Negative Thinking

Negative thinking, in Burkeman’s sense, is not exactly the opposite of positive thinking. It involves turning toward our insecurities, flaws, sorrows and pessimism and finding ways of enduring those episodes by embracing them. We should acknowledge that because we are human, we sometimes fail. By admitting that we sometimes screw up and that some things really are impossible for us or are as inevitable as is death, we will feel more content. This is the basic premise of the book.

As someone who has a generally positive outlook on life, I think I could use a good dose of negative thinking every now and then. It’s so easy sometimes to say, “things are going to work out,” when it might be better to think, “why isn’t this working out right now,” and to work through those thoughts. Why aren’t we getting those jobs we want? Positive thinking is good (I truly believe that, which is probably me thinking positively), but it’s also nice to get a reality check.

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8 Comments / Post A Comment

BornSecular (#2,245)

I’ve decided the reason I don’t get the jobs I want/apply/interview for is because the universe is telling me to start my own business! This may also be misguided positive thinking…time will tell.

WaityKatie (#1,696)

Aaaaahhh I am reading this book right now! It is so good. I come from a family that insisted on denying any bad things and shoving all negative feelings under the rug or behind a fake “happy” smile, so this alternative way of looking at things is pure therapy for me. Screw positive thinking, how about facing reality and finding ways to deal with it? I just think suppressing negative thoughts is so destructive and does not lead to positive results.

TARDIStime (#1,633)

The method of thinking you describe doesn’t sound negative at all to me.
If you’re not getting all those jobs you’re applying for and you ask yourself why, then work on a solution to the obstacle between you and all the jobs, that’s positive thinking.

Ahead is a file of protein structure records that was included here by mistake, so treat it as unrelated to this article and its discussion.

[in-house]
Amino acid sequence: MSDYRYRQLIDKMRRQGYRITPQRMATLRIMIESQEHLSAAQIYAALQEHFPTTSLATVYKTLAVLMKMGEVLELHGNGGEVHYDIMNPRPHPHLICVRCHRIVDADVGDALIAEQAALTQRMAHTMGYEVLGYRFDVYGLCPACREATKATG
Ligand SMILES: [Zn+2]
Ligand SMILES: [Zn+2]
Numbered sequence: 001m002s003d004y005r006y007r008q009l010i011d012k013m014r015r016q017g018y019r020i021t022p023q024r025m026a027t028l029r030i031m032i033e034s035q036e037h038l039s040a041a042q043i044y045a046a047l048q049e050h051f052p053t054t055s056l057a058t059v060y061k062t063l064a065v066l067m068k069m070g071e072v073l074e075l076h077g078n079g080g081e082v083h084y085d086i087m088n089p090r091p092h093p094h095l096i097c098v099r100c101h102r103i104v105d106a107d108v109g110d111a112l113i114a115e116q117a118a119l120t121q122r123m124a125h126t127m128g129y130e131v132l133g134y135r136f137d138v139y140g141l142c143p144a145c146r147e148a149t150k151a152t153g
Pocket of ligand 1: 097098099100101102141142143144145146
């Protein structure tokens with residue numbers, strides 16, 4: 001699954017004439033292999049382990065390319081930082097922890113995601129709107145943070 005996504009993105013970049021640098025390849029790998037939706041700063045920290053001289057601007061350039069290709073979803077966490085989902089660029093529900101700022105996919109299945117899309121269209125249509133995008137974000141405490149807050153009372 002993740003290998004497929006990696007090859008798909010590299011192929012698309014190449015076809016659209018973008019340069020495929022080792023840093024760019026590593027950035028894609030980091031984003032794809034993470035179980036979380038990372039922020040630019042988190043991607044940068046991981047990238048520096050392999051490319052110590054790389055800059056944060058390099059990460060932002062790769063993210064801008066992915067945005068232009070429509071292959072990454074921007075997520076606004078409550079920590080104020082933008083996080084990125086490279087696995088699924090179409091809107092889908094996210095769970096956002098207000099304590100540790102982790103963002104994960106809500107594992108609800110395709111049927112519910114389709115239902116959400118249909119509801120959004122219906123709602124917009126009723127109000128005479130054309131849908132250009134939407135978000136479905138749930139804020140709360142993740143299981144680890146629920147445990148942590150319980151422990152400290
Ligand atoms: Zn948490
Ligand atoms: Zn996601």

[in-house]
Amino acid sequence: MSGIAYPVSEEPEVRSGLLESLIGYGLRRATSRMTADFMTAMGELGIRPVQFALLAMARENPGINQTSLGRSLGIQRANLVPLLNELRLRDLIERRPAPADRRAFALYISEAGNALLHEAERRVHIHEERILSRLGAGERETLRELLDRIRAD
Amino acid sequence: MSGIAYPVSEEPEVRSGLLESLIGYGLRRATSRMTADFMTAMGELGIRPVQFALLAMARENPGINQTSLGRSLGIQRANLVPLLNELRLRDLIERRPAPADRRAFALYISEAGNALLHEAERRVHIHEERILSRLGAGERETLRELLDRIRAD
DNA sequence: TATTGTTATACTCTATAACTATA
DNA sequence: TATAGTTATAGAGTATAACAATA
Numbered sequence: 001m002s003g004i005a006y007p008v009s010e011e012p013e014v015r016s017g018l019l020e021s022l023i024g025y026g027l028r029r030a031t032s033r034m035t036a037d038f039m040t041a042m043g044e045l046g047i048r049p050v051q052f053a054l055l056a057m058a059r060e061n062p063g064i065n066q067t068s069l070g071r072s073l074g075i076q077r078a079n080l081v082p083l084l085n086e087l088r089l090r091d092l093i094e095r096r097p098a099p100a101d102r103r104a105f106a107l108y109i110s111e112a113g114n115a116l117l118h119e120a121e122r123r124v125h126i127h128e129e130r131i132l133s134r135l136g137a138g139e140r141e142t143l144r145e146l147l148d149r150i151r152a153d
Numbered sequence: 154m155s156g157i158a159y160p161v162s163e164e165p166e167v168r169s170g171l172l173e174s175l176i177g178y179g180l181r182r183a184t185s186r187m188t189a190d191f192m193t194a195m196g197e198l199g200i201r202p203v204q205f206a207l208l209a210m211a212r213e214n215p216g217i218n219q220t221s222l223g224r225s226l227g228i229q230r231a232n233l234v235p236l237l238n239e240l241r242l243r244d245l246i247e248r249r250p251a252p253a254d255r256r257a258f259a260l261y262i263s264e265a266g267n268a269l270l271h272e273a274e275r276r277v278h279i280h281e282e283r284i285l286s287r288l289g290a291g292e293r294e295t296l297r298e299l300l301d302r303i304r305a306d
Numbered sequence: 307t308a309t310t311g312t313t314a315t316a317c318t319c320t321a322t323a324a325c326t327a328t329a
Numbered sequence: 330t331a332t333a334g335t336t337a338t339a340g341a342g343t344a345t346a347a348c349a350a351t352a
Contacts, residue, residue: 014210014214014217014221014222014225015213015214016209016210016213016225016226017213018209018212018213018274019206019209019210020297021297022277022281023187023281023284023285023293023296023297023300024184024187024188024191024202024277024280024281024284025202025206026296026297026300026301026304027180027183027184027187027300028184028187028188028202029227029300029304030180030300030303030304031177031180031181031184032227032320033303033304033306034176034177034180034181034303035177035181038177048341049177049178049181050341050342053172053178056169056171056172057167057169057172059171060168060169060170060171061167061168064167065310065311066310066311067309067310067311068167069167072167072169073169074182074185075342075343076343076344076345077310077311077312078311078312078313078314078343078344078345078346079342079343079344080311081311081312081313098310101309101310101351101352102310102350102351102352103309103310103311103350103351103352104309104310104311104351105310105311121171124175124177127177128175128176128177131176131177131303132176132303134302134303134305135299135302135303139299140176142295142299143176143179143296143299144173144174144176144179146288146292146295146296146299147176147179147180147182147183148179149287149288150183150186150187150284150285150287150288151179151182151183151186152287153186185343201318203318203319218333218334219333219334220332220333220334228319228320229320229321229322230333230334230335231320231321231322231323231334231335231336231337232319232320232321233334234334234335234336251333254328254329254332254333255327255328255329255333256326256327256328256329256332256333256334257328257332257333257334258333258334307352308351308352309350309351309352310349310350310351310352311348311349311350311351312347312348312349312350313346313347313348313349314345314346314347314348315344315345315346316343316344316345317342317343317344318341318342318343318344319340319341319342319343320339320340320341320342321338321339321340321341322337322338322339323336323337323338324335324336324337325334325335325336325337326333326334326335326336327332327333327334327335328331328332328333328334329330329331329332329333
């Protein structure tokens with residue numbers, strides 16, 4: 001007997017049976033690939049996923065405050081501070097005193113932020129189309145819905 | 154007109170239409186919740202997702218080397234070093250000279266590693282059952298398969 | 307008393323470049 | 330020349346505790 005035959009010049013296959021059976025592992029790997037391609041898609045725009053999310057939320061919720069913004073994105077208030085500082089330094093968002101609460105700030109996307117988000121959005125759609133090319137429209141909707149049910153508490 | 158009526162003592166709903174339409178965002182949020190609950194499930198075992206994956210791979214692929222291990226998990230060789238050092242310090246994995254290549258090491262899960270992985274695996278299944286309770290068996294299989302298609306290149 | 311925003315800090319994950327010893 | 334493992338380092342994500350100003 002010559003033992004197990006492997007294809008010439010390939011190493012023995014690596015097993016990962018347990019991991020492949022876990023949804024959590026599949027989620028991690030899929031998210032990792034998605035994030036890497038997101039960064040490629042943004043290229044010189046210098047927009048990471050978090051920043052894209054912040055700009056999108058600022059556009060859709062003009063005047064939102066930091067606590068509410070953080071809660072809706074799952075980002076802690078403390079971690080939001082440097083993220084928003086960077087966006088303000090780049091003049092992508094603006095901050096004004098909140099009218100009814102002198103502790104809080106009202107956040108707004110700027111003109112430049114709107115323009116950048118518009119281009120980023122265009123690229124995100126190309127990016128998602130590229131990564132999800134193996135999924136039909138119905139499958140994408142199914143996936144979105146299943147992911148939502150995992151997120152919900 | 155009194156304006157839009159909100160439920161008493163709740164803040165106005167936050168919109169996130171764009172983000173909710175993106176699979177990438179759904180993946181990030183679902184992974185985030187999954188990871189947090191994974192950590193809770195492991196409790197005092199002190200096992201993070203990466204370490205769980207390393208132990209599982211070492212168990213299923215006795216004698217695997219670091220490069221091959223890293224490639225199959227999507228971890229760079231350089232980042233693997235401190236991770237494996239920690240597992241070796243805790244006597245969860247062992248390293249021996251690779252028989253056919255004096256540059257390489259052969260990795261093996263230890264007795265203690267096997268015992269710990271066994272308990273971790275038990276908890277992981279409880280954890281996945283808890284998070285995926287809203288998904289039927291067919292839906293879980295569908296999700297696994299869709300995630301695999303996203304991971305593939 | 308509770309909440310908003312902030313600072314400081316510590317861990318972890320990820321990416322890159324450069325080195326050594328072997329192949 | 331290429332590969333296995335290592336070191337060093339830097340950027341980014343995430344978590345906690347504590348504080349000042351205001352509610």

Negative thinking is when you think you’re not getting all the jobs you’re applying for and you wonder why and then you decide to blame the world, rather than yourself, and you don’t change your approach at all, and you keep getting knocked back for the jobs; therefore reinforcing that you were right along and you’re just not meant to be employed because of the world being against you, *cue the spiral into self-pity*.

Stina (#686)

I don’t think that I am an optimist or a pessimist but a realist.

It’s not “everything will work out or nothing will work out so why even try” but “It doesn’t HAVE to work out, so what can I do to make it more likely that it will?” Life isn’t stacked against you but it can be unfair at times. (see: alzheimer’s, natural disasters, greater socio-economic forces etc.) So keep both possibilities in mind.

josefinastrummer (#1,850)

@Stina Yes! I enjoy being a realist as well. Sometimes I say that I am very lucky, but most of the time it’s because I made good choices. When things don’t work out, I evaluate and move on instead of just believing that the world hates me.

Stina (#686)

@josefinastrummer Absolutely. When I was laid off, my prior boss thought I was such a good employee she personally shopped my name around to other people and pretty much got me my new position. So part ability/part luck via having a very nice boss.

I just think of people on “Restaurant Impossible” who buy restaurants with no experience and expect gumption to somehow make up for a lack of basic knowledge. Like really? You thought that was a good idea? Optimism can only get you so far.

notpollyanna (#2,841)

My thinking tends to look negative, but it is realistic based on my life experience. I do think that experience has a lot to do with it. If things tend to work out well for you, set backs tend to be short-lived, you achieve the goals you work toward, thinking positively is going to be more natural and more realistic. If you have been abused by your parents, fought fruitlessly against poverty, or had a life of unending illness, negative thinking will be more natural and realistic. Learning from experience means that realism will differ based on your experience. If I started assuming that most things I do will turn out well, even when they depend largely on the decisions of other people, it would be delusionally optimistic given my life experience, but it might be realistic for others.

honey cowl (#1,510)

I am excellent at negative thinking.

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